“What?! Did I not order for the weapons to be locked down the moment they turned hostile?!”
“Yes, sir, and they were, but the intruders still managed to claim access to several of the launch silos! They’re arming missiles as we speak!”
“Well don’t just sit there, take the damned system back! Damn it! Alright, unlock the point defense subsystems and immediately fire on any missiles that leave the silos!”
“Missile launch sequence has been activated for bombardment silos one through five!” another officer shouted from across the bridge.
“Bombardment silos? Are they insane?!” Krick exclaimed, “do they mean to bombard the fucking planet?! Take down those missiles, no matter the cost!”
The Captain clenched his teeth in frustration as another display appeared amongst the already numerous holographic readouts, showing camera feeds of the five activated silos. A minute later, each silo slowly opened, followed by the internal mass drivers activating and launching the missiles out the silos. Immediately, the ship’s point defense systems locked onto the missiles and began firing, taking out two before their thrusters could activate and puncturing the fuel tank of a third just as its rockets ignited, causing an explosion that sent it spiraling out of control and into the fourth missile, destroying both.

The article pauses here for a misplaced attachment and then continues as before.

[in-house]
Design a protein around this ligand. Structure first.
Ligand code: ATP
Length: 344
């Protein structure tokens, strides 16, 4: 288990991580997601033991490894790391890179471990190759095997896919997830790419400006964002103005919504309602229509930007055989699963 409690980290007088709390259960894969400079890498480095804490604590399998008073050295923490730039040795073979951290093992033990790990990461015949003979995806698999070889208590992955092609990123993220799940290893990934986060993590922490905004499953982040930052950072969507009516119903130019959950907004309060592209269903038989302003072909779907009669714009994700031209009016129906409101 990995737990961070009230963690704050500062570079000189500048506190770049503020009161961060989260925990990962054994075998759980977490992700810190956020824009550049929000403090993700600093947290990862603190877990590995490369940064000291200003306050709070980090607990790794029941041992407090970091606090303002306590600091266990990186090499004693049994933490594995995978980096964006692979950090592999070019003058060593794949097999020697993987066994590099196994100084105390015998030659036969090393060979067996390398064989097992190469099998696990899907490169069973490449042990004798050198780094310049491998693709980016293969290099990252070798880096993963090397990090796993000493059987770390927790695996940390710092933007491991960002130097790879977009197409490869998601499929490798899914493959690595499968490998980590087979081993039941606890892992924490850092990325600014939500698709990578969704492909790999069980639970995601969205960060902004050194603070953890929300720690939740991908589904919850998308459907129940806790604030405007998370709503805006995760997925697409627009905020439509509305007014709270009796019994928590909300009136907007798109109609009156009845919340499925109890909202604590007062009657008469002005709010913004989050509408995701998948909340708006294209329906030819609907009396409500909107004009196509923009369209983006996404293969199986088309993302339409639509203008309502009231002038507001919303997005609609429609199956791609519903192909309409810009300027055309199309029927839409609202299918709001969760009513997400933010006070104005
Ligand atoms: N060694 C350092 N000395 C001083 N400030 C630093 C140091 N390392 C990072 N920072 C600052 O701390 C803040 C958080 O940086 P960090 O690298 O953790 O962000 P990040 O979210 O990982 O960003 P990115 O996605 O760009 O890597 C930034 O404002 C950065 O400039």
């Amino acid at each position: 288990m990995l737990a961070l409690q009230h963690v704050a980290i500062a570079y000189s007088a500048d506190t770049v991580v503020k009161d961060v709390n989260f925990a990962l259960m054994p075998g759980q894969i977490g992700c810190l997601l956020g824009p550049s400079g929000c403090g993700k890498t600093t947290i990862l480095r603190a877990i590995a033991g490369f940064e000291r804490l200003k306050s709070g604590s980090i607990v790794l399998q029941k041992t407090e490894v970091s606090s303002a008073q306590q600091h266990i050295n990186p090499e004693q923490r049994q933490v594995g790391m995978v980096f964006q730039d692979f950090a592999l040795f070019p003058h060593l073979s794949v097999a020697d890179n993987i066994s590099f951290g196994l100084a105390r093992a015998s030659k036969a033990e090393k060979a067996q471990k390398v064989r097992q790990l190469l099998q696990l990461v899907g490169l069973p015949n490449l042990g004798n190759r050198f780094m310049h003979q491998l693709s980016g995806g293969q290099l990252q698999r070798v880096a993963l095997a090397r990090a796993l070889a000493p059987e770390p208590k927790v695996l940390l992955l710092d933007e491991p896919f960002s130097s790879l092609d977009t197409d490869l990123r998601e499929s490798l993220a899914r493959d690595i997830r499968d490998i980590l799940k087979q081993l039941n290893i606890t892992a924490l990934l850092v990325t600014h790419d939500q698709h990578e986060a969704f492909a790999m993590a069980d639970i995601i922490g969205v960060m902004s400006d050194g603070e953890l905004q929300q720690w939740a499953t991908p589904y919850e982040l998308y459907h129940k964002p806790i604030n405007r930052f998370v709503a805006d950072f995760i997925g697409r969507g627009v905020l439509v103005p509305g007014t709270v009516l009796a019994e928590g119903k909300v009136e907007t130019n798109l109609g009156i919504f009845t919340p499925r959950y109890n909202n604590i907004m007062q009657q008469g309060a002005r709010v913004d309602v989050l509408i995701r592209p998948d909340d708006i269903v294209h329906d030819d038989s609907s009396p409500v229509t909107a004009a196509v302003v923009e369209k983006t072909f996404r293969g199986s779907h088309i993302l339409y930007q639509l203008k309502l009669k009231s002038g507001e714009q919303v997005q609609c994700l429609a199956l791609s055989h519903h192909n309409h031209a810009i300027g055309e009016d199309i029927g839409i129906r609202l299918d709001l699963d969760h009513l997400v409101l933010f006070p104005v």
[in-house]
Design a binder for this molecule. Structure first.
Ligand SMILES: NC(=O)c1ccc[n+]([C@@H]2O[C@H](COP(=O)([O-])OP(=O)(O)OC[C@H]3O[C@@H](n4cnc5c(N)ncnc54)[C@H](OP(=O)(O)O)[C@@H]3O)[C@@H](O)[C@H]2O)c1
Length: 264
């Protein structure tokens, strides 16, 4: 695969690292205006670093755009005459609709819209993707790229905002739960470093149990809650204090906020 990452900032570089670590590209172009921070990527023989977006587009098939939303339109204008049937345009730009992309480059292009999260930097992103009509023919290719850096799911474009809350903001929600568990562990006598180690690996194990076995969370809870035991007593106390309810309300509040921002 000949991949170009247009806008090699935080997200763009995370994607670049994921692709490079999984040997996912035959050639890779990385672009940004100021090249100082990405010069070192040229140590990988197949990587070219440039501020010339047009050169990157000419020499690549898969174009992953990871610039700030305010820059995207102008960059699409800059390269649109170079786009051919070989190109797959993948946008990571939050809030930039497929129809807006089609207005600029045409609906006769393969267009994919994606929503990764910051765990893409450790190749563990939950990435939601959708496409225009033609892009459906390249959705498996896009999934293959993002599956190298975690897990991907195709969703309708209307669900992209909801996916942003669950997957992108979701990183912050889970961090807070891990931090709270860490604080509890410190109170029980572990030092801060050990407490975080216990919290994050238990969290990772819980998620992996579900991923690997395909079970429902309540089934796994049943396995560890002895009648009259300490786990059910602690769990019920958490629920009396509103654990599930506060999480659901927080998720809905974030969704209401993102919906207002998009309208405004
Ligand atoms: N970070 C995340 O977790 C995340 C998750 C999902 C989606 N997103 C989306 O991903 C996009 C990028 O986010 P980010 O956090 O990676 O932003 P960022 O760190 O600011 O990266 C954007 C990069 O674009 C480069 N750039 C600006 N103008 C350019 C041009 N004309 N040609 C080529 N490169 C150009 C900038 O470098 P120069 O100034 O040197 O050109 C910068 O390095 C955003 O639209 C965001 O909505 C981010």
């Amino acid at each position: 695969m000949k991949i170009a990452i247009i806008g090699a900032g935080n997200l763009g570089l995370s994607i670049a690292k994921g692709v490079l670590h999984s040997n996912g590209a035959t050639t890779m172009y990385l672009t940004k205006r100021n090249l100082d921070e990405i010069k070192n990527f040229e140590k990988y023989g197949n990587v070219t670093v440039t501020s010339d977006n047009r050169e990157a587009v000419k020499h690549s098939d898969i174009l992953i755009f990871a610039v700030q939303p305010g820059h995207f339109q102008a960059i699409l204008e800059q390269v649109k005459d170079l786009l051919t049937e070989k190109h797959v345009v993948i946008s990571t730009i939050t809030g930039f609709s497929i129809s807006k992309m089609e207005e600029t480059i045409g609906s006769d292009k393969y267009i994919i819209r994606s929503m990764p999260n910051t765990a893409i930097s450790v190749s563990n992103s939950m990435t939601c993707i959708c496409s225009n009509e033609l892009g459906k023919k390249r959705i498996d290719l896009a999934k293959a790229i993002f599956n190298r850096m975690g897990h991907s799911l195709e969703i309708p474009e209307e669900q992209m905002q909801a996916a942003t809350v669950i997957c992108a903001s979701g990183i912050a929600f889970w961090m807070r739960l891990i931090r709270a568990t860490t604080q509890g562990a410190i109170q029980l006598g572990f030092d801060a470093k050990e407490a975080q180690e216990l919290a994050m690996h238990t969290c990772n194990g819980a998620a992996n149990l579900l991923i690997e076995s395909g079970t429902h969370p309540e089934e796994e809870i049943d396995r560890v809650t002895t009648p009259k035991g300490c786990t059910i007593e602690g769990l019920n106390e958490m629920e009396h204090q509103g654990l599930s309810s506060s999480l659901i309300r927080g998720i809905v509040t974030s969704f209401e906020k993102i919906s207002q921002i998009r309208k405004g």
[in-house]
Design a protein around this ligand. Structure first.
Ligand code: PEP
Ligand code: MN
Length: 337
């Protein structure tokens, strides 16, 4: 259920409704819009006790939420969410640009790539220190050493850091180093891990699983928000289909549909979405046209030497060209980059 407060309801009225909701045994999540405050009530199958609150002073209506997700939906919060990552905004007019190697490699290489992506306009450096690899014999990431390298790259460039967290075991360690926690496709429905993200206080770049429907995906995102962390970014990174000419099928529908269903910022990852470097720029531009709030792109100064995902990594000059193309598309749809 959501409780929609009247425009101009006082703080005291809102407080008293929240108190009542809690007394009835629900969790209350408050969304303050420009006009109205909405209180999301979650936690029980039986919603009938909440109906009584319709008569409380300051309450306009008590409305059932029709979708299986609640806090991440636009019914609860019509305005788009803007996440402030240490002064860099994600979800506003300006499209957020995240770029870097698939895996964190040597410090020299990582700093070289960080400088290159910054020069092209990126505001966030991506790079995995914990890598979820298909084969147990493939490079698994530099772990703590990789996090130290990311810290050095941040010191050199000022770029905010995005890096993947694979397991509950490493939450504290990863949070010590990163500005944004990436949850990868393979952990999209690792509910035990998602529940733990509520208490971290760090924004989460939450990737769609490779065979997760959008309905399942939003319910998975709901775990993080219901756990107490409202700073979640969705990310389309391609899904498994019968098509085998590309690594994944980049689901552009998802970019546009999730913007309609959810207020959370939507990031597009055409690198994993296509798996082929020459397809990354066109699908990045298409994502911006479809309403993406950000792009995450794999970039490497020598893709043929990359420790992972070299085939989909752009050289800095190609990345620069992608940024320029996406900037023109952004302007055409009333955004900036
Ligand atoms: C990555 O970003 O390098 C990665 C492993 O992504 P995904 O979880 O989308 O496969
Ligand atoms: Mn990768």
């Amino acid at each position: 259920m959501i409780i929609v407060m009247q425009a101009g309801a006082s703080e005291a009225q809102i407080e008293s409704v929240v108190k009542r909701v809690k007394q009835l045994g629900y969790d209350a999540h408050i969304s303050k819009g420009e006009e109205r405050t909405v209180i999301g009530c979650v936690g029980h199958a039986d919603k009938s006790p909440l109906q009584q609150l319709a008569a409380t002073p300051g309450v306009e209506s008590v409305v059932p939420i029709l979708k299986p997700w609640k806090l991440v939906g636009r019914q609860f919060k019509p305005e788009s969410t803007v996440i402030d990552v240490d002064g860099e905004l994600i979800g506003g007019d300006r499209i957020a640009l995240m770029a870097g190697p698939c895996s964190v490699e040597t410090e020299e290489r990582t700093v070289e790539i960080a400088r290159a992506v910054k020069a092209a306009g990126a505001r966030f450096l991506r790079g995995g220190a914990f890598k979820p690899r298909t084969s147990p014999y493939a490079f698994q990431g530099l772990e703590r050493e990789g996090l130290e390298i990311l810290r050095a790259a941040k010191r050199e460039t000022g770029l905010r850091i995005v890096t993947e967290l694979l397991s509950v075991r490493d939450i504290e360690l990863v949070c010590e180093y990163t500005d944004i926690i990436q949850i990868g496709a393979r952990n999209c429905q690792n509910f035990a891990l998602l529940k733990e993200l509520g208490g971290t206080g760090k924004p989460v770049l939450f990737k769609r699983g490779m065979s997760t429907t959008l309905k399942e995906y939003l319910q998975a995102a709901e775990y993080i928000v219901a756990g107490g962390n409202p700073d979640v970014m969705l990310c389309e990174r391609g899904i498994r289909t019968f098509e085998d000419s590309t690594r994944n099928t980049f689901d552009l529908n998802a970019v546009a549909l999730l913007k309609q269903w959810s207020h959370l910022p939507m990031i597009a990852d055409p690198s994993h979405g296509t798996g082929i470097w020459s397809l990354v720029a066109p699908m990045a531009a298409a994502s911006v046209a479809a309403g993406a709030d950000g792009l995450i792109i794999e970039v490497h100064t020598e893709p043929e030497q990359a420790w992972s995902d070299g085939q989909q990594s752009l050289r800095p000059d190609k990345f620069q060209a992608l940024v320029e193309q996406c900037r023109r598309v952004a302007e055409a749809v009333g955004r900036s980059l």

“There’s one more!” Krick shouted, standing up without thinking. “Stop it! At all costs!”
The entire bridge remained tensely silent for several more moments before an officer slowly turned back to the Captain.
“…The missile has left fifty percent accuracy range,” he reported quietly, “and has entered the Earth misfire cone.”
“If we try to fire on it anymore we’ll just be hitting Earth ourselves…” Krick muttered, and then scowled. “…Damn it!” He slammed his fist into his chair’s armrest before falling back into the seat. “Contact SERRCom HQ and inform them of the missile. The moment we can figure out its target, transmit that as well. How long do we have until impact?”
Another holographic display appeared, this one charting the location of the Genesis in relation to Earth, as well as the location and velocity of the bombardment missile.
“We’re twenty-five thousand kilometers out, but this is a bombardment missile, so…”